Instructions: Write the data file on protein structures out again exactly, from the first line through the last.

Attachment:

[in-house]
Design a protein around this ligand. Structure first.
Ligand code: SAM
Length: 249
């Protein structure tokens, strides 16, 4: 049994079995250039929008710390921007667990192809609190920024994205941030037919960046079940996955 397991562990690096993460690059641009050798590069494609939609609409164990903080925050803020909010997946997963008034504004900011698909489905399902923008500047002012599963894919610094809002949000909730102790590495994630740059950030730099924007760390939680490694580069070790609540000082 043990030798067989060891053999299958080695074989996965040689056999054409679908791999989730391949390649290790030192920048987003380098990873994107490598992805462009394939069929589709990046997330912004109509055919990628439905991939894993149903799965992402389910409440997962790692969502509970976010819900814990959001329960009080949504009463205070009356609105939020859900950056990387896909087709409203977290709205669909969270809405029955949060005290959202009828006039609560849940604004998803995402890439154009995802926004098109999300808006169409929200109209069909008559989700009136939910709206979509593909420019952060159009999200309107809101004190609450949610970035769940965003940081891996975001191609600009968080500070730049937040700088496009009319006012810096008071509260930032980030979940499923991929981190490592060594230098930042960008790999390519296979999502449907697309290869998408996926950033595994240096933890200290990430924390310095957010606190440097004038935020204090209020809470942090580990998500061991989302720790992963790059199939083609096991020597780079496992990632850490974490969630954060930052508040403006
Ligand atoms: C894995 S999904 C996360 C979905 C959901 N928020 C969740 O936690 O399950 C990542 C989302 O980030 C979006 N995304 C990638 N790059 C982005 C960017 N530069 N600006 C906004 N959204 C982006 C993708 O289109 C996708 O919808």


[in-house]
Design a protein around this ligand. Structure first.
Ligand code: SAM
Length: 249
């Protein structure tokens, strides 16, 4: 049994079995250039929008710390921007667990192809609190920024994205941030037919960046079940996955 397991562990690096993460690059641009050798590069494609939609609409164990903080925050803020909010997946997963008034504004900011698909489905399902923008500047002012599963894919610094809002949000909730102790590495994630740059950030730099924007760390939680490694580069070790609540000082 043990030798067989060891053999299958080695074989996965040689056999054409679908791999989730391949390649290790030192920048987003380098990873994107490598992805462009394939069929589709990046997330912004109509055919990628439905991939894993149903799965992402389910409440997962790692969502509970976010819900814990959001329960009080949504009463205070009356609105939020859900950056990387896909087709409203977290709205669909969270809405029955949060005290959202009828006039609560849940604004998803995402890439154009995802926004098109999300808006169409929200109209069909008559989700009136939910709206979509593909420019952060159009999200309107809101004190609450949610970035769940965003940081891996975001191609600009968080500070730049937040700088496009009319006012810096008071509260930032980030979940499923991929981190490592060594230098930042960008790999390519296979999502449907697309290869998408996926950033595994240096933890200290990430924390310095957010606190440097004038935020204090209020809470942090580990998500061991989302720790992963790059199939083609096991020597780079496992990632850490974490969630954060930052508040403006
Ligand atoms: C894995 S999904 C996360 C979905 C959901 N928020 C969740 O936690 O399950 C990542 C989302 O980030 C979006 N995304 C990638 N790059 C982005 C960017 N530069 N600006 C906004 N959204 C982006 C993708 O289109 C996708 O919808």